In 1983, when Indiana Farm Bureau ELECT – INFB’s original political action committee – was first established, its primary goals were to support candidates who support Farm Bureau, encourage member engagement and increase the organization’s political clout. Those are still the goals of ELECT and AgELECT, which is INFB’s newest PAC established last summer to help support state-level candidates in Indiana. But although the two PACs are similar in some ways, there are significant differences.
Endorsements: Both PACs follow the same procedure when making endorsements and awarding contributions. At the local level, trustees usually meet with candidates, and they then vote on whether to recommend endorsement. Recommendations are then sent to the oversight committee for the second level of candidate review, and the committee then forwards suggestions to state trustees, who also are the members of the Indiana Farm Bureau board of directors. To be endorsed, a candidate must be recommended by at least two of the three levels of review.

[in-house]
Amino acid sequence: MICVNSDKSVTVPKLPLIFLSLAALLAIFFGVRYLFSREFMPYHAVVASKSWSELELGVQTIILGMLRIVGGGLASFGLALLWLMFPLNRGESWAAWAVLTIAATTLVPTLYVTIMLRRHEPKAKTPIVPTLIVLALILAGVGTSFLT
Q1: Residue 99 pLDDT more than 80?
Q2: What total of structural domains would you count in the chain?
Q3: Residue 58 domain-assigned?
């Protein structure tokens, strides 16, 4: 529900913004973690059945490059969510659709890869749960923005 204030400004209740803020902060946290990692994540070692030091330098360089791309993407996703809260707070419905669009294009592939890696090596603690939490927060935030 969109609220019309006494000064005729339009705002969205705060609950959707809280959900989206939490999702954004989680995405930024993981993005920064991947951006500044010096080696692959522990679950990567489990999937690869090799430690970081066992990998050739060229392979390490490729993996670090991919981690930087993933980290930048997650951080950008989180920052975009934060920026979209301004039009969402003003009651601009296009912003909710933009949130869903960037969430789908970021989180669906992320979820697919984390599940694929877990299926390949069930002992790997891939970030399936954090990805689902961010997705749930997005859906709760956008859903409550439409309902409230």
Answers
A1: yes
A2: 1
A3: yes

Political level: ELECT operates on the federal level, concentrating on the U.S. House and, at times, the U.S. Senate. AgELECT, however, focuses on state Senate candidates, state House of Representative candidates and state legislative caucus events.
Funding: ELECT receives most of its support from the voluntary $5 donation collected during INFB membership renewals. All contributions must come from members. In contrast, the funding for AgELECT is much more flexible. It can come from both member and non-member donations and fundraisers, and also from LLCs, sole proprietorships, partnerships and corporations.
Accountability: PACs are highly regulated by both state and federal laws. PACs are required to periodically file campaign finance reports of all receipts and expenditures. This allows the campaign contribution process to be open to the general public in order to see how much money is going where as well as the origin of the funds.